Borderline products

What is a ‘Borderline Product’?

Determining which regulations should apply to veterinary healthcare products that fall outside of the scope of the EU veterinary medicines legislation (Directive 2001/82/EC as amended) can be a fraught exercise. Clear EU legislation and guidance exists for veterinary medicinal products, biocides for veterinary use, and for feed additives.  However, many companies face bureaucratic obstacles when trying to decipher the standards applicable to products that do not fit in any of the foreseen categories of animal healthcare products: so-called borderline products.  These may be animal ‘cosmetics’ (shampoos, cleansers, lotions, etc.), veterinary medical devices - or something else entirely.  If you assume that absence of specific legislation for a category of product means it is unregulated, however, beware -  your products could be in danger.

The European Legislative Background

Often, Cyton is approached by companies that already have a product which they sell in other territories, and it may come as a surprise that it is regulated completely differently in Europe as compared to their existing market. The situation is not helped by the fact that the EU National Competent Authorities (NCAs) often differ in their precise definitions of what is a veterinary medicine, and also vary greatly in the procedures used for registration of a ‘borderline product’.  Working with Cyton to review the regulatory landscape that applies to your non-standard animal health products can avoid non-compliance issues, and can help to identify which European countries are the most desirable markets in each individual case.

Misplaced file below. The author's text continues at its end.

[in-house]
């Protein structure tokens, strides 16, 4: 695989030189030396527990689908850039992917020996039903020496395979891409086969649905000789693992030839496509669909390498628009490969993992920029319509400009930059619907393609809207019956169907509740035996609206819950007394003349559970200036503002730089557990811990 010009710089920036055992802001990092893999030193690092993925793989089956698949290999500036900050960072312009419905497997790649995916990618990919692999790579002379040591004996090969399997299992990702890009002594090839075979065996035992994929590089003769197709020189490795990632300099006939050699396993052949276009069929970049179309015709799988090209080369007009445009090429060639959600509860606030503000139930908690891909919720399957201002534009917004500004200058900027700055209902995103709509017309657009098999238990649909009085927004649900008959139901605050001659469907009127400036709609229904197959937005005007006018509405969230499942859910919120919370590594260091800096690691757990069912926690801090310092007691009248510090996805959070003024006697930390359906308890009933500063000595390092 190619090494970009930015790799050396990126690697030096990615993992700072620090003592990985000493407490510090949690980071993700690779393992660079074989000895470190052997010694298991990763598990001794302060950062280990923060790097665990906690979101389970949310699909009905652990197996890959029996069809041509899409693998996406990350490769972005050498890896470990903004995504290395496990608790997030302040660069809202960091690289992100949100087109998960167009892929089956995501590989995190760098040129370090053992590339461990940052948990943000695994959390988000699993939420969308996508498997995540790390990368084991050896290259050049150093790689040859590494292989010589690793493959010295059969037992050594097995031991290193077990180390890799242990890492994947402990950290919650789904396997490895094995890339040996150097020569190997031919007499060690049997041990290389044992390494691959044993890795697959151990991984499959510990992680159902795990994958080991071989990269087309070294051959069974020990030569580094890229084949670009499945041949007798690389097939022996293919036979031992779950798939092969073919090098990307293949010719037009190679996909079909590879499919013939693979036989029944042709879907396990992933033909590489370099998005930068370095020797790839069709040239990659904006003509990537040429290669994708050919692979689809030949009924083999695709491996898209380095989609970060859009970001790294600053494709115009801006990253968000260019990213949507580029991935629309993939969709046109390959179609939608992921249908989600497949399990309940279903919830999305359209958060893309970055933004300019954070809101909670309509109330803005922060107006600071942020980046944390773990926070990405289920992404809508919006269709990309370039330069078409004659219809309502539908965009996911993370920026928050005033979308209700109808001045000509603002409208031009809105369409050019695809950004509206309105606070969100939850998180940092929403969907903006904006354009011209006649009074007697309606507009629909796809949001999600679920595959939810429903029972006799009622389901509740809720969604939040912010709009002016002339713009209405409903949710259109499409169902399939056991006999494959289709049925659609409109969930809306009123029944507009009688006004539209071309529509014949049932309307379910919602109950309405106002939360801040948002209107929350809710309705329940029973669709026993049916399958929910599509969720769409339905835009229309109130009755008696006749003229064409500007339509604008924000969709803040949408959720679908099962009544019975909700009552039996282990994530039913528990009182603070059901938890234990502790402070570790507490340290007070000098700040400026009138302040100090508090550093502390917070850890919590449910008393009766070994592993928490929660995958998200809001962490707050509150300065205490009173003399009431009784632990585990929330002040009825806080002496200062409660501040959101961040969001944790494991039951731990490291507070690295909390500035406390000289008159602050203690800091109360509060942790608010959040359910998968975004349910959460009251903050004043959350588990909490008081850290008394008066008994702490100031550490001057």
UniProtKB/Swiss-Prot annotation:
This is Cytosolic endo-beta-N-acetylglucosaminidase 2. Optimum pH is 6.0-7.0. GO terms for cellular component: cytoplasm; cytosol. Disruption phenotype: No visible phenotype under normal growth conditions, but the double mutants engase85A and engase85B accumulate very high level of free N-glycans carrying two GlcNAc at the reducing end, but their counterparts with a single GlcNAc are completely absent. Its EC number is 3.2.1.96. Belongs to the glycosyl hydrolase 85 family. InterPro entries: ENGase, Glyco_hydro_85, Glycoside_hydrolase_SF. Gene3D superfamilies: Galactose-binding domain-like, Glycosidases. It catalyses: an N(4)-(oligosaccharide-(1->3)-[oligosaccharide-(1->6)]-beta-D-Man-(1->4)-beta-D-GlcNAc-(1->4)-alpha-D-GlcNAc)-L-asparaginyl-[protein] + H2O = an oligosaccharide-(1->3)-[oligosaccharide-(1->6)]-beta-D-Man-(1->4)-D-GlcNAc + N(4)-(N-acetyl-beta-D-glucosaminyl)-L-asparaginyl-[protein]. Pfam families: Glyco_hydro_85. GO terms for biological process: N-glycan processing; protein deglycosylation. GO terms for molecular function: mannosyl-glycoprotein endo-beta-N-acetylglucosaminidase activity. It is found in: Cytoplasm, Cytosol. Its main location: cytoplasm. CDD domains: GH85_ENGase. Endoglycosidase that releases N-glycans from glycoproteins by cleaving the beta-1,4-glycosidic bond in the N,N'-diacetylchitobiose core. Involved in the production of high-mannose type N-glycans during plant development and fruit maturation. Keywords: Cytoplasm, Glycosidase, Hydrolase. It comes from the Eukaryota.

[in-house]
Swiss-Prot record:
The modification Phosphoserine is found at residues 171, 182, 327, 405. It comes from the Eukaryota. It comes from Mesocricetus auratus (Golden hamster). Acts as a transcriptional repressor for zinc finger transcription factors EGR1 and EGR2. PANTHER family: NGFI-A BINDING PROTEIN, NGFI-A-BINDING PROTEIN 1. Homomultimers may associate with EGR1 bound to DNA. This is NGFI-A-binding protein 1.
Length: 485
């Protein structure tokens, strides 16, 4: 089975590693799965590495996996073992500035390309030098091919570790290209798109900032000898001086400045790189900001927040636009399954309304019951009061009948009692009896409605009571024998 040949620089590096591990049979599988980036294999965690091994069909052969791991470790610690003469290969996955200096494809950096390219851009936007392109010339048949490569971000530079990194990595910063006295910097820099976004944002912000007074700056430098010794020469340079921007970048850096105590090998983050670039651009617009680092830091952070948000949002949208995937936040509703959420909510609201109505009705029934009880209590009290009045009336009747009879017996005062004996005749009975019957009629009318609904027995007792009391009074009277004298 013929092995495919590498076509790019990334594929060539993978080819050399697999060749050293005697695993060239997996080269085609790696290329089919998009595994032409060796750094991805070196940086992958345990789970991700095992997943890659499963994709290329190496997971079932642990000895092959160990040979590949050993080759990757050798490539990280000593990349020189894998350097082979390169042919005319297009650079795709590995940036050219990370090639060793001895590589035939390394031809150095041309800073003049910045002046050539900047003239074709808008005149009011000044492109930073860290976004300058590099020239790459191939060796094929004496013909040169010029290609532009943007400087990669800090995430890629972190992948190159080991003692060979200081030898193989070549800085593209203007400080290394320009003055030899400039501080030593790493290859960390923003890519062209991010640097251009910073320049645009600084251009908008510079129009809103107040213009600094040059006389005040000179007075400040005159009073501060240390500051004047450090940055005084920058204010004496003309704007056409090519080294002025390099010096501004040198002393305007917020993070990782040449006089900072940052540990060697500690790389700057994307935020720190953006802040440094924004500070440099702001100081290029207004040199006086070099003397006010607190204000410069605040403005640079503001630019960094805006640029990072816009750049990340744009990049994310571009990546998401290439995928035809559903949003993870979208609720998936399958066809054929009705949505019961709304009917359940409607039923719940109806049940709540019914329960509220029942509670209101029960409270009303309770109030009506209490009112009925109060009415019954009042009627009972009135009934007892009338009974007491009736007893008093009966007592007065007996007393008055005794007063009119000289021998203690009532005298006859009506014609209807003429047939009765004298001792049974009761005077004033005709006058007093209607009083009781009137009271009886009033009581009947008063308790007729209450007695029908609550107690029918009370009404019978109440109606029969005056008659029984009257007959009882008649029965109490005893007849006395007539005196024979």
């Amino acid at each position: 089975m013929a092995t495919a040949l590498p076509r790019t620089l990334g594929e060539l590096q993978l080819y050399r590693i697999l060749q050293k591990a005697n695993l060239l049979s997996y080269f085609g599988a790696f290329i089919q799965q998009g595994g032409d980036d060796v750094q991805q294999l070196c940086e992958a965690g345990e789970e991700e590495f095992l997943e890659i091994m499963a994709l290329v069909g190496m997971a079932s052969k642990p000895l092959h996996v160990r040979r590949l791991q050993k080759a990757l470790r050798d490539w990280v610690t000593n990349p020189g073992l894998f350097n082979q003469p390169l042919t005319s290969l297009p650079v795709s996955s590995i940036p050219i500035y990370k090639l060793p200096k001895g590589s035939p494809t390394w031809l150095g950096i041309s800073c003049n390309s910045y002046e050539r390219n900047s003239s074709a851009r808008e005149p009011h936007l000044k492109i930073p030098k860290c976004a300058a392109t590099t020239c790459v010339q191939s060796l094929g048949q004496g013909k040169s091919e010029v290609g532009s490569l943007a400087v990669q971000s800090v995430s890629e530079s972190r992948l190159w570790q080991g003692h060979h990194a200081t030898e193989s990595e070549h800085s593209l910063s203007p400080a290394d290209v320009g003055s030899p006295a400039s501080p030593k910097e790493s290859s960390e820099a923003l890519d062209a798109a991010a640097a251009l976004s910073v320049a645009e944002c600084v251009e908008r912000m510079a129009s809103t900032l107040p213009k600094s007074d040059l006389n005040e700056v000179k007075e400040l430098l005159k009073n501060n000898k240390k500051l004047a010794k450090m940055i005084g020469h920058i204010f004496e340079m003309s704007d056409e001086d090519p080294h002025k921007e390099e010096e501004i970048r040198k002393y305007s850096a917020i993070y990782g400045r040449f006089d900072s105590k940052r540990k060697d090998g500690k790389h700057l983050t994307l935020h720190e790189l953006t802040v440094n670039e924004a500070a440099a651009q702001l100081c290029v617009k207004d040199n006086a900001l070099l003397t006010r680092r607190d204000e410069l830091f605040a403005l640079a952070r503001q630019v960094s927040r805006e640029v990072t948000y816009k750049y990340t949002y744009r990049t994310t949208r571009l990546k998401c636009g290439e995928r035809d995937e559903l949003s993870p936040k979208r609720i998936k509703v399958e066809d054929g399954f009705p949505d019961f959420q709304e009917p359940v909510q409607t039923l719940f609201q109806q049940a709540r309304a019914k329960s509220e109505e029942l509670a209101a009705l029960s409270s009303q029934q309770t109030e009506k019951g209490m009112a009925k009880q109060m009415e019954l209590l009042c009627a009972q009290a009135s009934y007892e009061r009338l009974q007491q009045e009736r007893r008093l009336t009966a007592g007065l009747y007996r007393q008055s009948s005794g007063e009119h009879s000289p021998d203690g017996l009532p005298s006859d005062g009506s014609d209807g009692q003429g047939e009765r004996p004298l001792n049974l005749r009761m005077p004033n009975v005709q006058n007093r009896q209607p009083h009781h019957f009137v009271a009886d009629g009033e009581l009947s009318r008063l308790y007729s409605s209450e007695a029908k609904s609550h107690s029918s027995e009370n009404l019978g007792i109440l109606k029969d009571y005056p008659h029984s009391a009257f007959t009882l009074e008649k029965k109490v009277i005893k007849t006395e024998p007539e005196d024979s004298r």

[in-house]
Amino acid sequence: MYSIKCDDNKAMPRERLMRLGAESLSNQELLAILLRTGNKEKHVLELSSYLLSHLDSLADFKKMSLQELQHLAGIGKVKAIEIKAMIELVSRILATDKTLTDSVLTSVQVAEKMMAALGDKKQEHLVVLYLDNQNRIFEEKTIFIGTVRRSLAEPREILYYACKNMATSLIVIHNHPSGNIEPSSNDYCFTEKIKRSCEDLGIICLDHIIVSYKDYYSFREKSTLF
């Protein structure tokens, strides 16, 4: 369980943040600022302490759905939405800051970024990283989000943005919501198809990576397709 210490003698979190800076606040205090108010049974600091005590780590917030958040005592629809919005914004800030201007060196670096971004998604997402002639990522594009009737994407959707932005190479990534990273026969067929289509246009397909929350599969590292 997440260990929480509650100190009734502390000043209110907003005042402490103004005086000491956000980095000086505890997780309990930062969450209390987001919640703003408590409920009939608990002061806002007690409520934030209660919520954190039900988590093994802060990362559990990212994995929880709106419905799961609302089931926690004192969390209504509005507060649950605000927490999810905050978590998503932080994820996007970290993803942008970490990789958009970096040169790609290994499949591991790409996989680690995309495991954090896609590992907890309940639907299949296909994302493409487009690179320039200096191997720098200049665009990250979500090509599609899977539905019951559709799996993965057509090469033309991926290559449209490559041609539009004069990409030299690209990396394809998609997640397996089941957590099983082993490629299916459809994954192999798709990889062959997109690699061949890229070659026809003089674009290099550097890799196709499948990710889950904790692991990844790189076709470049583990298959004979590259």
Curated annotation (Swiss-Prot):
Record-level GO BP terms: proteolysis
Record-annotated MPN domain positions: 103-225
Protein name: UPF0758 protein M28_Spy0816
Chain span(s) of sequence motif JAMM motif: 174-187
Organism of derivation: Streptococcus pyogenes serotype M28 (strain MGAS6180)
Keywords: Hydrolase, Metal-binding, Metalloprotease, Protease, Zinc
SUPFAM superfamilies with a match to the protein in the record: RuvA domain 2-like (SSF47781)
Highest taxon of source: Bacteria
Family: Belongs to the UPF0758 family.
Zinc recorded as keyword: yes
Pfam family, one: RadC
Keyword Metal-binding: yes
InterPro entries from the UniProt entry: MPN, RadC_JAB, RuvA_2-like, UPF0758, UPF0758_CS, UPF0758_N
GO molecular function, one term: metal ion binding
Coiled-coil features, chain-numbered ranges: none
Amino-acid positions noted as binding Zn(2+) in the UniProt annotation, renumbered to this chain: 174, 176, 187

Labelling and Advertising Claims, and Clarifying the ‘Grey Areas’

Cyton is in an unparalleled position in terms of our regulatory expertise for borderline products; as part of the knoell group, we can draw on extensive knowledge not only of Veterinary Medicinal Products and feed additives, but also of biocides and medical devices. We are familiar with many of the regulatory issues that companies encounter in the review of labelling text, and can provide valuable advice on the kinds of claims that are likely to be accepted and those that may be seen as problematic.  Our long-standing experience of consulting with the EU NCAs regarding compliance queries for specific borderline products, and overseeing borderline review procedures, means that we can de-mystify the situation for our clients.

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